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Over Easy: Anglo-Saxons back in action?

  • Dan Mackie (Courtesy photograph)

For the Valley News
Published: 5/7/2021 9:42:03 PM
Modified: 5/7/2021 9:41:59 PM

I was pretty stirred up recently when it was reported that U.S. Rep. Marjorie Taylor Greene and her pals in Congress were about to form an America First Caucus that would, among other things, promote “uniquely Anglo-Saxon political traditions.”

Anglo-Saxons? Make America Medieval Again. And raise the drawbridge.

Critics say Greene, the Georgia Republican who has conspiracies on her mind, was using Anglo-Saxon as a substitute for “white.” She denied it, blaming any misunderstanding on a staffer from an outside group.

And that’s why you should never outsource crackpot ideas.

Still, they had already opened the proverbial barn door. The horses of my imagination were racing ahead with Anglo-Saxon reverie. Maybe Greene hasn’t learned the lessons of history, but that needn’t stop us from revisiting its delights.

Best to start with “Anglo-Saxons and You,’’ or in this case, “Anglo-Saxons and Me.” Could I, as a person of mostly Irish genetic innards, be one of the gang?

Historically, nope. We missed out, although there were raids and invasions that may have led to informal introductions. Also left out were the Italian-Americans, French-Canadians, Poles, Scots, Jews, and others in the Rhode Island neighborhood I grew up in. As far as I know, there is no old-style Anglo-Saxon enclave in the Upper Valley.

But who, exactly, were they?

According to Encyclopedia Britannica, which ought to know, the Anglo-Saxons were Germanic tribes who invited themselves into England. They ruled, sometimes with more territory, sometimes less, from the fifth century to 1066, known by history teachers and Jeopardy! players everywhere as the date of the Norman Conquest. Soon after, the English court was speaking French, which is maybe why you suffered with a C in French II in high school, all because of a couple of bad breaks in the Battle of Hastings. And so history and transcripts go.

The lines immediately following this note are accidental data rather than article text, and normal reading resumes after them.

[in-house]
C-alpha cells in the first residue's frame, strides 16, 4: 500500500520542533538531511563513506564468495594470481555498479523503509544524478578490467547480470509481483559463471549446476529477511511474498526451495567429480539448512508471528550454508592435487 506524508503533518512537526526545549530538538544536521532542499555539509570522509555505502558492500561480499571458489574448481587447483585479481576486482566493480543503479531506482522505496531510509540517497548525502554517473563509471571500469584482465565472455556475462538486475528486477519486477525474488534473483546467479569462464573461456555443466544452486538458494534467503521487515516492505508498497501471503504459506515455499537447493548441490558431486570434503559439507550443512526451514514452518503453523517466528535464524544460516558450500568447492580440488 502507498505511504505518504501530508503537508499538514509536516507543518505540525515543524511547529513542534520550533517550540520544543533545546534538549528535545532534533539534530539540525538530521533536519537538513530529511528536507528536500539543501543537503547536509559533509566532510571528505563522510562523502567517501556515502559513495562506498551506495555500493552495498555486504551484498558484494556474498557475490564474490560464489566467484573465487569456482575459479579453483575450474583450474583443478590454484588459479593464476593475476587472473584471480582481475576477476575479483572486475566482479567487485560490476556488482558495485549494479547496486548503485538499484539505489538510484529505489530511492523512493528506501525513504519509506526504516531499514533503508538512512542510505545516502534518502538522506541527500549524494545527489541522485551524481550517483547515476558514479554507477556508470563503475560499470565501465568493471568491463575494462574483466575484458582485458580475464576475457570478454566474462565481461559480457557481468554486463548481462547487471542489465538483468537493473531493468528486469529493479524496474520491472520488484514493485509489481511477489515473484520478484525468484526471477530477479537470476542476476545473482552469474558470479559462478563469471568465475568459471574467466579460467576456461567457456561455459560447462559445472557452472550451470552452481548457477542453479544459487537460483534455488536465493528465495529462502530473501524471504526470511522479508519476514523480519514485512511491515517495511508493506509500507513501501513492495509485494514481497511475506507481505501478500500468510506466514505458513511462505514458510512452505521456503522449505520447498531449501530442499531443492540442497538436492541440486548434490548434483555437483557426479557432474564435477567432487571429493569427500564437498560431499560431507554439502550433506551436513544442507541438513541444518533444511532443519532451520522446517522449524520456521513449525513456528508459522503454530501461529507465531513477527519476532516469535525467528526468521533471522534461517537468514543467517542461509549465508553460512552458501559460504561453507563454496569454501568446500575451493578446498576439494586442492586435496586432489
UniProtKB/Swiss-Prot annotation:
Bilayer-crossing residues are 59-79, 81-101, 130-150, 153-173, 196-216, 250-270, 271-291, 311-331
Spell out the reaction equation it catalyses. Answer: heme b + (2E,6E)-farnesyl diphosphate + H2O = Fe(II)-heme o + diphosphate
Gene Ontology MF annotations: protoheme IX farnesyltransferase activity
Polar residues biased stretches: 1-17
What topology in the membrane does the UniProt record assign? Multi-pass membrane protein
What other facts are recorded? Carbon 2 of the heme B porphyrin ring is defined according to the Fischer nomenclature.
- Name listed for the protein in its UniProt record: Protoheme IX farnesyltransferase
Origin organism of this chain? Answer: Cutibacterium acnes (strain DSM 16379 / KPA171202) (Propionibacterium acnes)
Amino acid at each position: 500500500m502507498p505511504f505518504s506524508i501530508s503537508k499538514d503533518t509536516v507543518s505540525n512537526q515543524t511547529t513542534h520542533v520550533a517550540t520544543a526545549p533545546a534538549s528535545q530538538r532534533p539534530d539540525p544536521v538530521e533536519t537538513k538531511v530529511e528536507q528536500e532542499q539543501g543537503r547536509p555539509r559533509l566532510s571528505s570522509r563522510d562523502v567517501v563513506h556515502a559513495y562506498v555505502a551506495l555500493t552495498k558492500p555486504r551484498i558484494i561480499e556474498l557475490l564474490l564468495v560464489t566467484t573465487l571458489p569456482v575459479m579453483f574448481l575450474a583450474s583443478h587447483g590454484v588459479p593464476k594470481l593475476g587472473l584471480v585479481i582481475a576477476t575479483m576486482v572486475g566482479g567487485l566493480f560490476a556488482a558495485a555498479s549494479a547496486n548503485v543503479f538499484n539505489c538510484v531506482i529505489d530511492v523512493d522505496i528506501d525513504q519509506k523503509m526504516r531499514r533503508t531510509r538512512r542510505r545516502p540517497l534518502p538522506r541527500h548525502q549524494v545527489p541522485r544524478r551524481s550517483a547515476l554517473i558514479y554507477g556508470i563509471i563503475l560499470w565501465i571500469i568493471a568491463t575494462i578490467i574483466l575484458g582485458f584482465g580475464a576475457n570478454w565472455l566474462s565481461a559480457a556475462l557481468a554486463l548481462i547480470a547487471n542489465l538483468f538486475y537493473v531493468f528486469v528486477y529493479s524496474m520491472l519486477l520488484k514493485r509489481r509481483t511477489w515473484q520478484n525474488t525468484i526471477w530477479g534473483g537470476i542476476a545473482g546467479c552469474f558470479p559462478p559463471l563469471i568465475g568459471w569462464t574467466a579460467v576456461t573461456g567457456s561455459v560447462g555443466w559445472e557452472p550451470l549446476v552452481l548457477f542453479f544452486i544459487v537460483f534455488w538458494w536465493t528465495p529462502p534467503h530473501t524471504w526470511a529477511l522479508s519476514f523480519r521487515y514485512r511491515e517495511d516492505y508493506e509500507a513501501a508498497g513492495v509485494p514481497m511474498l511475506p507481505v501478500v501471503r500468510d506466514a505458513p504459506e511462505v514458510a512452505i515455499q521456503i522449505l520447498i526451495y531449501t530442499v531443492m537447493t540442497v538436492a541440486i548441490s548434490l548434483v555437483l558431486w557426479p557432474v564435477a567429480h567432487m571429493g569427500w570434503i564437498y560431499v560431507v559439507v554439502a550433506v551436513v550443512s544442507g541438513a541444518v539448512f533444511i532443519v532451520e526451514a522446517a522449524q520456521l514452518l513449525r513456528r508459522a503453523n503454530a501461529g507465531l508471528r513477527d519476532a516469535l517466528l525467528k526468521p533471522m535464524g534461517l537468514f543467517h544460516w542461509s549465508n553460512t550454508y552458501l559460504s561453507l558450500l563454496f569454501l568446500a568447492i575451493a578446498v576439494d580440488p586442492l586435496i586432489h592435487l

But back to the olden days, which were probably spelled something like “oldewen dayse” or even “oldewenge daysgeh,” because olden scribes were always throwing in g’s and h’s to keep things interesting in Old English. An article on the Mental Floss website says it “had a different phonology of a much more complex structure than we have today.” And that it “relied on a series of word endings and inflections to convey meaning.” Those must have been the dark ages for Old English composition students, but fortunately, not many people were literate.

Scribes employed delightful letter combinations, with dandies like “frumbyrdling” for a young boy growing his first bread, or “attercope” (poison head) for spiders.

Instead of Happy Friday, they might have said “Glaed Frigedaeg,” if I have it right (not being a native speaker). But since they probably didn’t have weekends off in the same sense we do, maybe they never said it anyway. I don’t know if you could ever grill and chill with Vikings around the corner.

A BBC website for kids claimed the Anglo-Saxons were fairly diversified. ”They invaded as many different tribes and each took over different parts of Britain. From time to time, the strongest king would claim to be “bretwalda,” which meant “ruler of all Briton.” Does Greene perchance want an American bretwalda? Anybody she has in mind?

The Anglo-Saxons served justice swiftly. There was no prison system, and money talked. If you murdered someone you paid their family for their loss — ideal for the 1 percenters. And, the BBC tells young readers, “For minor crimes like stealing, a nose or hand might be cut off.” Say, kids, how about that?

Anglo-Saxon sports included wrestling, horse-racing and contests involving lifting heavy rocks. Fun included storytelling around a fire, playing with simple toys and hiding from Vikings. They didn’t need video games, because people with swords and daggers were chasing them in real life.

Anyway, there was a lot more to the Middle Ages than the America First tribe may be aware of. There were actual people on the scene before the Anglo-Saxon arrival, such as Britons, Celts and even some Romans, whose legacy includes more bad grades, in Latin I.

The Romans left and the Anglo-Saxons had a long run. And so it went until Americans said farewell to all that. Today we are a melting pot of so many traditions that it’s foolish to say that one rules them all. It’s a chore to blend all the ingredients, but there’s no turning back now. And no reason to.

Through the years, right here in our Upper Valley, I’ve encountered people from Brazil, Haiti, Ukraine, Iraq, Vietnam, various countries in Africa, Germany, Denmark, the Philippines — and even England. From brief encounters to more substantial ones, they have made life richer.

If Greene can’t learn to love the American experiment in 2021, I would suggest she put on a woolen tunic and go back to the lands of ancient Mercia (now the English midlands), or wherever it is she thinks she came from. The rest of us can live in the real world, which has a chance to be great, really.

Dan Mackie lives in West Lebanon. He can be reached at dan.mackie@yahoo.com.




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